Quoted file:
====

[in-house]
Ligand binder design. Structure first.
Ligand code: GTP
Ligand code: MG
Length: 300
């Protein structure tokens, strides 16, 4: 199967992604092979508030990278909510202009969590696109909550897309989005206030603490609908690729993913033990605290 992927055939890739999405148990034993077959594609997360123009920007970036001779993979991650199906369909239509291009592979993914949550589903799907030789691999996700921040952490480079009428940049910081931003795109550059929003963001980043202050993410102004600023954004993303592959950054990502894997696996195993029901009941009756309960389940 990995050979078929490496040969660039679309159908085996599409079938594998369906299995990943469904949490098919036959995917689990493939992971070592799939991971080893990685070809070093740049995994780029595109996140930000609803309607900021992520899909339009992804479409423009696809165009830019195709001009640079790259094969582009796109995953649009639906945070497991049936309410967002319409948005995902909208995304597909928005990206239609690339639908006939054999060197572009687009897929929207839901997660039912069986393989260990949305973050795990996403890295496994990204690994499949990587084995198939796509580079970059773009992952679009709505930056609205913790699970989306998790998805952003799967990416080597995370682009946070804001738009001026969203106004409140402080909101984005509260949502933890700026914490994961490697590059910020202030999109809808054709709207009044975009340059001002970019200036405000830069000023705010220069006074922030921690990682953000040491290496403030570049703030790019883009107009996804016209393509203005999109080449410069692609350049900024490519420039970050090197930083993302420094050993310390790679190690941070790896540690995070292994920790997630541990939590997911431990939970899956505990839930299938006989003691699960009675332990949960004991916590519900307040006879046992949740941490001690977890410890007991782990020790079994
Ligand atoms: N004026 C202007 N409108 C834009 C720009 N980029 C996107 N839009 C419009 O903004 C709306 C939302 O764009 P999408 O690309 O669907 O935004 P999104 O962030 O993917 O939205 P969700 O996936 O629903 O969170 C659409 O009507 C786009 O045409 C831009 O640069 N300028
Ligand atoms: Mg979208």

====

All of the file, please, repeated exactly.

[in-house]
Ligand binder design. Structure first.
Ligand code: GTP
Ligand code: MG
Length: 300
């Protein structure tokens, strides 16, 4: 199967992604092979508030990278909510202009969590696109909550897309989005206030603490609908690729993913033990605290 992927055939890739999405148990034993077959594609997360123009920007970036001779993979991650199906369909239509291009592979993914949550589903799907030789691999996700921040952490480079009428940049910081931003795109550059929003963001980043202050993410102004600023954004993303592959950054990502894997696996195993029901009941009756309960389940 990995050979078929490496040969660039679309159908085996599409079938594998369906299995990943469904949490098919036959995917689990493939992971070592799939991971080893990685070809070093740049995994780029595109996140930000609803309607900021992520899909339009992804479409423009696809165009830019195709001009640079790259094969582009796109995953649009639906945070497991049936309410967002319409948005995902909208995304597909928005990206239609690339639908006939054999060197572009687009897929929207839901997660039912069986393989260990949305973050795990996403890295496994990204690994499949990587084995198939796509580079970059773009992952679009709505930056609205913790699970989306998790998805952003799967990416080597995370682009946070804001738009001026969203106004409140402080909101984005509260949502933890700026914490994961490697590059910020202030999109809808054709709207009044975009340059001002970019200036405000830069000023705010220069006074922030921690990682953000040491290496403030570049703030790019883009107009996804016209393509203005999109080449410069692609350049900024490519420039970050090197930083993302420094050993310390790679190690941070790896540690995070292994920790997630541990939590997911431990939970899956505990839930299938006989003691699960009675332990949960004991916590519900307040006879046992949740941490001690977890410890007991782990020790079994
Ligand atoms: N004026 C202007 N409108 C834009 C720009 N980029 C996107 N839009 C419009 O903004 C709306 C939302 O764009 P999408 O690309 O669907 O935004 P999104 O962030 O993917 O939205 P969700 O996936 O629903 O969170 C659409 O009507 C786009 O045409 C831009 O640069 N300028
Ligand atoms: Mg979208």